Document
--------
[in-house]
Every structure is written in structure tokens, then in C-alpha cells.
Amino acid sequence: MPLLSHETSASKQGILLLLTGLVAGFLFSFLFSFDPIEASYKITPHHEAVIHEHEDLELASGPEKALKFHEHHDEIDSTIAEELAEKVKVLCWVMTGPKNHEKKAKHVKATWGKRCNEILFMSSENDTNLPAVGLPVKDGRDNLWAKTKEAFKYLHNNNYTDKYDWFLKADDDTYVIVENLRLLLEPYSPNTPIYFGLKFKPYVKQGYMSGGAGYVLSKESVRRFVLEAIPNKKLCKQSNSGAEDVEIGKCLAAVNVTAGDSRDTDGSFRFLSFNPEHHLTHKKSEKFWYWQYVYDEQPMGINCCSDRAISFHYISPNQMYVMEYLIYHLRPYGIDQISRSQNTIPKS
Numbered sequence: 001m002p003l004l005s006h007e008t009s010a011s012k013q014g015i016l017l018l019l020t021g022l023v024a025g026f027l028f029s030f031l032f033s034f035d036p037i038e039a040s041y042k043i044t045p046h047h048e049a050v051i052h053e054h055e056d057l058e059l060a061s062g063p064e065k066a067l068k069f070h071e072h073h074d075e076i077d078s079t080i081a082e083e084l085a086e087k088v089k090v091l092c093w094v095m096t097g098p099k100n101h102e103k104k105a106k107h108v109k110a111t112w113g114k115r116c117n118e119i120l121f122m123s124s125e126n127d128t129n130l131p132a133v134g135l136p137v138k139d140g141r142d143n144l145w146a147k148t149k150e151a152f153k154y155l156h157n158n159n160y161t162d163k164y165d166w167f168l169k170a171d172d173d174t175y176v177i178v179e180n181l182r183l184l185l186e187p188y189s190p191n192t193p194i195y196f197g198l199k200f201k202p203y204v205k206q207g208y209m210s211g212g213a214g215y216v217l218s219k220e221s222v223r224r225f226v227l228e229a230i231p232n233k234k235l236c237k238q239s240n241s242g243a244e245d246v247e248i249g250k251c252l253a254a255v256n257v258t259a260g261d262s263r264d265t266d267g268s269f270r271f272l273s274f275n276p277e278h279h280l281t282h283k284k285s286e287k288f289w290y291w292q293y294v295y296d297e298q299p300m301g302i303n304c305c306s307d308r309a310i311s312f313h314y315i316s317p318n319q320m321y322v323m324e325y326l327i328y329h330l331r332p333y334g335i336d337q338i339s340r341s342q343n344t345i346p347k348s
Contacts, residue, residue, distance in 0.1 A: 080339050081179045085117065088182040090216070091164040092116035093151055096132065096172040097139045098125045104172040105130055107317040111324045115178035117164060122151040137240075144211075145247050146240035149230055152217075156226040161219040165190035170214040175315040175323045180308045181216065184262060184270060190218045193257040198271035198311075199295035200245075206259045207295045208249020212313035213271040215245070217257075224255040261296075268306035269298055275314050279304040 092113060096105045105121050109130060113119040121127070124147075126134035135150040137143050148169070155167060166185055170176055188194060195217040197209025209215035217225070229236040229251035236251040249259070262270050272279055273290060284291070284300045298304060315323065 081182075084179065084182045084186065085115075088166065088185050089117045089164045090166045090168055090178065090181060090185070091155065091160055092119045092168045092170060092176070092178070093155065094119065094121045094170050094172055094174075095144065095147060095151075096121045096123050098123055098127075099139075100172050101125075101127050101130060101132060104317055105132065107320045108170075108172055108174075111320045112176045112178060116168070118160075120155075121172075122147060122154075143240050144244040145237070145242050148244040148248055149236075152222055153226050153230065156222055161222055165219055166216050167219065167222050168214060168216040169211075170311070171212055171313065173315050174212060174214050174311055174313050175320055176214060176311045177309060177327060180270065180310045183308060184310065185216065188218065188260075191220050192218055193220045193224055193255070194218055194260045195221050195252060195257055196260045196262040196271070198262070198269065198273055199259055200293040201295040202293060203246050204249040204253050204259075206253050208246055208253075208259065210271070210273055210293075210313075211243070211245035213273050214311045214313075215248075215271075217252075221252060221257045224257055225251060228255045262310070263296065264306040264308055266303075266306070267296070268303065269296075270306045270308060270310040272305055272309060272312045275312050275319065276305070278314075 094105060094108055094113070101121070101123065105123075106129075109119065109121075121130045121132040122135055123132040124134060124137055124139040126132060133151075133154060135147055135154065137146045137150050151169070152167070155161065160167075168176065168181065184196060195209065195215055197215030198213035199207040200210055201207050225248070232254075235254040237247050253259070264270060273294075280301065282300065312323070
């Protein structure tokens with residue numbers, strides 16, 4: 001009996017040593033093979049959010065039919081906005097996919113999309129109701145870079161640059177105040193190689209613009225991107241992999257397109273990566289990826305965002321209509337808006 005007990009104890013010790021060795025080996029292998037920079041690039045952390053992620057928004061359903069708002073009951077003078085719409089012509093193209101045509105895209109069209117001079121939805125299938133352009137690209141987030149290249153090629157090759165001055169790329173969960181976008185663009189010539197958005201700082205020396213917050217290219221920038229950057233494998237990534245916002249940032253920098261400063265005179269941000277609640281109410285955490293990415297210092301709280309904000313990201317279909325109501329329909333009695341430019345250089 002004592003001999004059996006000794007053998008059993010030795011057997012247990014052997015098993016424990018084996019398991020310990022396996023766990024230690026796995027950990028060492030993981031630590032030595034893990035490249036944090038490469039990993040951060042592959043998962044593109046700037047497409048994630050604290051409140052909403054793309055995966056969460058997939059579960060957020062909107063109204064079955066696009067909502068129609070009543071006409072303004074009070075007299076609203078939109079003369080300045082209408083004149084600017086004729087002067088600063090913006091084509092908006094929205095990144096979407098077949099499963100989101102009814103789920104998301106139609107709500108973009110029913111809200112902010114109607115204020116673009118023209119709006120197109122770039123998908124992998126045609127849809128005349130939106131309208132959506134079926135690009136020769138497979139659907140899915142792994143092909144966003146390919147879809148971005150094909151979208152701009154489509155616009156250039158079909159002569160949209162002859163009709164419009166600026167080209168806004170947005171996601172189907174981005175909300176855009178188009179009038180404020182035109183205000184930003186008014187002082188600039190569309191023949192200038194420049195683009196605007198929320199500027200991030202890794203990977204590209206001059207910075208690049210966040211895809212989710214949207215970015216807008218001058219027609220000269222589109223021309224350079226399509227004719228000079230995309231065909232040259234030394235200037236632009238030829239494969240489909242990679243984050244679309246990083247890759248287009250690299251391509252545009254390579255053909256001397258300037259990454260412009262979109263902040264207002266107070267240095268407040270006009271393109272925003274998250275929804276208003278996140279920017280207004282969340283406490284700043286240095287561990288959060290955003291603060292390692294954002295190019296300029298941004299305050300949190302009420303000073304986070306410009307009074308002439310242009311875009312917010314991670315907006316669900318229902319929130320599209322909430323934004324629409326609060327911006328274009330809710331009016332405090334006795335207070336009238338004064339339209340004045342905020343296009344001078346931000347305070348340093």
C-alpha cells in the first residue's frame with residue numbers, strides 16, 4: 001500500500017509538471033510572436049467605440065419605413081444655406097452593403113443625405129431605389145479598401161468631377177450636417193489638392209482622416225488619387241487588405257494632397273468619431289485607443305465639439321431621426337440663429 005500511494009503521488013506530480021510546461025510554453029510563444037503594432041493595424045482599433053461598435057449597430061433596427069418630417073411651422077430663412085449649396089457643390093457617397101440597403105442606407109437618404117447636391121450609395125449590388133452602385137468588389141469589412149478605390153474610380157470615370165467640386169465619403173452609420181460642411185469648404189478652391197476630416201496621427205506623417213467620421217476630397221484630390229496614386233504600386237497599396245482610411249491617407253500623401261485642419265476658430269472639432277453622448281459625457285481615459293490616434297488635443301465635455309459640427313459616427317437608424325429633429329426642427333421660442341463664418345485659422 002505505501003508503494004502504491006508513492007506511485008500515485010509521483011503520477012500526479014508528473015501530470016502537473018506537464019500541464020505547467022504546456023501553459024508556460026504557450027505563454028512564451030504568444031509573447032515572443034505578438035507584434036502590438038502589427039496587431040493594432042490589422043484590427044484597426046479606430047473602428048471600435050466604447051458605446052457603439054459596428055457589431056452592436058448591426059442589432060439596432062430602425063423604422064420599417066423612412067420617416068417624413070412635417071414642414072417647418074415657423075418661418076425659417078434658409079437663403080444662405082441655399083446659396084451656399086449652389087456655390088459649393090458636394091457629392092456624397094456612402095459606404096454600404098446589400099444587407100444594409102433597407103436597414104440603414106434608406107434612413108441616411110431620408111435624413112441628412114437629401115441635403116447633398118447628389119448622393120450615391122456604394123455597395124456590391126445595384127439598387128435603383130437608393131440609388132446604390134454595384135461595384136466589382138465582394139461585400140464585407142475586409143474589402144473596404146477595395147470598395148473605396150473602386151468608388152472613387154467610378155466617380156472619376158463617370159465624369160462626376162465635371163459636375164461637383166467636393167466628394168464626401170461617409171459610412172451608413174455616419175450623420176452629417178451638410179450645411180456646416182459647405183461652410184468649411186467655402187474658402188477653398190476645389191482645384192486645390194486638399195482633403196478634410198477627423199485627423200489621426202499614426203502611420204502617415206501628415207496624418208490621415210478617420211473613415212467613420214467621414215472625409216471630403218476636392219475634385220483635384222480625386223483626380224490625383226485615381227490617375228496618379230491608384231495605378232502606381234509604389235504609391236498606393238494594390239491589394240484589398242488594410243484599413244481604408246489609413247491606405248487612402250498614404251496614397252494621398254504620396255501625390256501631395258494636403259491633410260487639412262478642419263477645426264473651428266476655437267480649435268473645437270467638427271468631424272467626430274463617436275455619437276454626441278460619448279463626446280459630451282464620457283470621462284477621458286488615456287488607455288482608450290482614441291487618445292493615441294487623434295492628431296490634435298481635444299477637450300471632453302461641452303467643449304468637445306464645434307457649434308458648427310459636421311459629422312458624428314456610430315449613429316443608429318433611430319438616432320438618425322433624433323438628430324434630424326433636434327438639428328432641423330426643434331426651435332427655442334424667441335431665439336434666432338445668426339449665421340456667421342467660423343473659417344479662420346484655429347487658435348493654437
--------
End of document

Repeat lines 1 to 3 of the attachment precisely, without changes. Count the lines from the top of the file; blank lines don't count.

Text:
[in-house]
Every structure is written in structure tokens, then in C-alpha cells.
Amino acid sequence: MPLLSHETSASKQGILLLLTGLVAGFLFSFLFSFDPIEASYKITPHHEAVIHEHEDLELASGPEKALKFHEHHDEIDSTIAEELAEKVKVLCWVMTGPKNHEKKAKHVKATWGKRCNEILFMSSENDTNLPAVGLPVKDGRDNLWAKTKEAFKYLHNNNYTDKYDWFLKADDDTYVIVENLRLLLEPYSPNTPIYFGLKFKPYVKQGYMSGGAGYVLSKESVRRFVLEAIPNKKLCKQSNSGAEDVEIGKCLAAVNVTAGDSRDTDGSFRFLSFNPEHHLTHKKSEKFWYWQYVYDEQPMGINCCSDRAISFHYISPNQMYVMEYLIYHLRPYGIDQISRSQNTIPKS